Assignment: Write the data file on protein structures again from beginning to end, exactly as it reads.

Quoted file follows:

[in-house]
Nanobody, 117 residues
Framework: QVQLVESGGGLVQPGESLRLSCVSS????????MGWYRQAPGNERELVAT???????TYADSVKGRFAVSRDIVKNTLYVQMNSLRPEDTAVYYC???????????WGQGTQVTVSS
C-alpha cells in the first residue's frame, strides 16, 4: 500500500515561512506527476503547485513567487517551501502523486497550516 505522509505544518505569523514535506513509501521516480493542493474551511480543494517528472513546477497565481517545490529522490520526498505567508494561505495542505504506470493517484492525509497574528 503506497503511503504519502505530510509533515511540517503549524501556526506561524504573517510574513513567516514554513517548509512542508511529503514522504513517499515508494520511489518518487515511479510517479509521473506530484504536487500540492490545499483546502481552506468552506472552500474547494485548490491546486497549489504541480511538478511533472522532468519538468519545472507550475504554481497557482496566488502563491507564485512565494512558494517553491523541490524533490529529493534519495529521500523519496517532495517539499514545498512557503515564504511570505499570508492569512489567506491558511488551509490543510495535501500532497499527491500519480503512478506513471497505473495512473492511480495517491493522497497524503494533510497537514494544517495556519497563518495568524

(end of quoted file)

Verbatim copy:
[in-house]
Nanobody, 117 residues
Framework: QVQLVESGGGLVQPGESLRLSCVSS????????MGWYRQAPGNERELVAT???????TYADSVKGRFAVSRDIVKNTLYVQMNSLRPEDTAVYYC???????????WGQGTQVTVSS
C-alpha cells in the first residue's frame, strides 16, 4: 500500500515561512506527476503547485513567487517551501502523486497550516 505522509505544518505569523514535506513509501521516480493542493474551511480543494517528472513546477497565481517545490529522490520526498505567508494561505495542505504506470493517484492525509497574528 503506497503511503504519502505530510509533515511540517503549524501556526506561524504573517510574513513567516514554513517548509512542508511529503514522504513517499515508494520511489518518487515511479510517479509521473506530484504536487500540492490545499483546502481552506468552506472552500474547494485548490491546486497549489504541480511538478511533472522532468519538468519545472507550475504554481497557482496566488502563491507564485512565494512558494517553491523541490524533490529529493534519495529521500523519496517532495517539499514545498512557503515564504511570505499570508492569512489567506491558511488551509490543510495535501500532497499527491500519480503512478506513471497505473495512473492511480495517491493522497497524503494533510497537514494544517495556519497563518495568524